Deaths caused by misuse of skin patches that deliver the potent painkiller fentanyl haven't ceased, prompting the Food and Drug Administration to issue its second warning since 2005 about the drug. "For some reason, people aren't getting the message," says Bob Rappaport, FDA's head of anesthesia and pain products. These fatalities are "very preventable," he adds.
Mishaps have resulted from both patient and doctor error, Rappaport says. Fentanyl patches are approved to treat chronic pain only in people already accustomed to opiods (a term for opiates and related substances) such as morphine, meaning the patient has used an opiod around the clock for a week or more. But the FDA has learned of cases where physicians improperly prescribed patches to ease short-lived ills—post-surgical pain, for example, and headaches—or to people who've never taken such narcotics. Accidental overdoses have also been caused by too-frequent reapplication of patches, and by wearers allowing their patches to get too hot; heating pads, saunas, warm baths, or sunbathing can increase the delivery of the drug through the skin and lead to a build-up of fentanyl in the blood. Signs of overdose can include difficulty or slowed breathing, dizziness, confusion, faintness, and extreme sleepiness. Those symptoms signal an immediate need for medical attention.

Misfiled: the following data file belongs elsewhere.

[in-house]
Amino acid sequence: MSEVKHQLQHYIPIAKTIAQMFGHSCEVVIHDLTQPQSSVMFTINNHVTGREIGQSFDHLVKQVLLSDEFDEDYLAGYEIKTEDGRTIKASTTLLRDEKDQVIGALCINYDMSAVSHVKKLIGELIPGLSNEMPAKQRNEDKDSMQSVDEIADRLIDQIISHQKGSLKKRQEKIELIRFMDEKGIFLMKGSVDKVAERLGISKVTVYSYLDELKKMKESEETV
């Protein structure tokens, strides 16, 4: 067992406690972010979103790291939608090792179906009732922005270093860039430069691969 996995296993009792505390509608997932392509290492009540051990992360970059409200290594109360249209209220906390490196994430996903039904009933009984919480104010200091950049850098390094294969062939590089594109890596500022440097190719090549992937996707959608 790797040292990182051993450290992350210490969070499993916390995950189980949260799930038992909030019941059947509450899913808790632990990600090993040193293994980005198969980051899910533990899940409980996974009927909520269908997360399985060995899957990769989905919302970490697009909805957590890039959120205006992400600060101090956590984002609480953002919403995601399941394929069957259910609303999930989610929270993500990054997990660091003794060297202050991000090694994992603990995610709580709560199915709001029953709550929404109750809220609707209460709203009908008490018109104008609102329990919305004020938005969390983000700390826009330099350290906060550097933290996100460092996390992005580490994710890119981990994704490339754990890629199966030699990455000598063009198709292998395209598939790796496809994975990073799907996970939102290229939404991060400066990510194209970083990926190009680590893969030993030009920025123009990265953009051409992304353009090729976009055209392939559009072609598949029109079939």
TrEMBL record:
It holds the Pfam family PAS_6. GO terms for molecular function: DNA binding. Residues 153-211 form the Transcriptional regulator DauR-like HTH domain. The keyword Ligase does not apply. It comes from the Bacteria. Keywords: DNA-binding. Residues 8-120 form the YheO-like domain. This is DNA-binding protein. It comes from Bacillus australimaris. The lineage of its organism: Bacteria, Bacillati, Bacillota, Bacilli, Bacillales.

Fentanyl patches are most commonly prescribed to people with cancer, especially for those who can't swallow pills or keep oral medications down. They're also used to treat severe, ongoing lower back and arthritis pain. When used correctly, they're effective, Rappaport says, and they fill a critical need among people for whom other painkillers don't work. But alternative treatments for chronic pain exist, including other drugs and some nonmedicinal treatments. A doctor who specializes in treating pain can make more specific recommendations.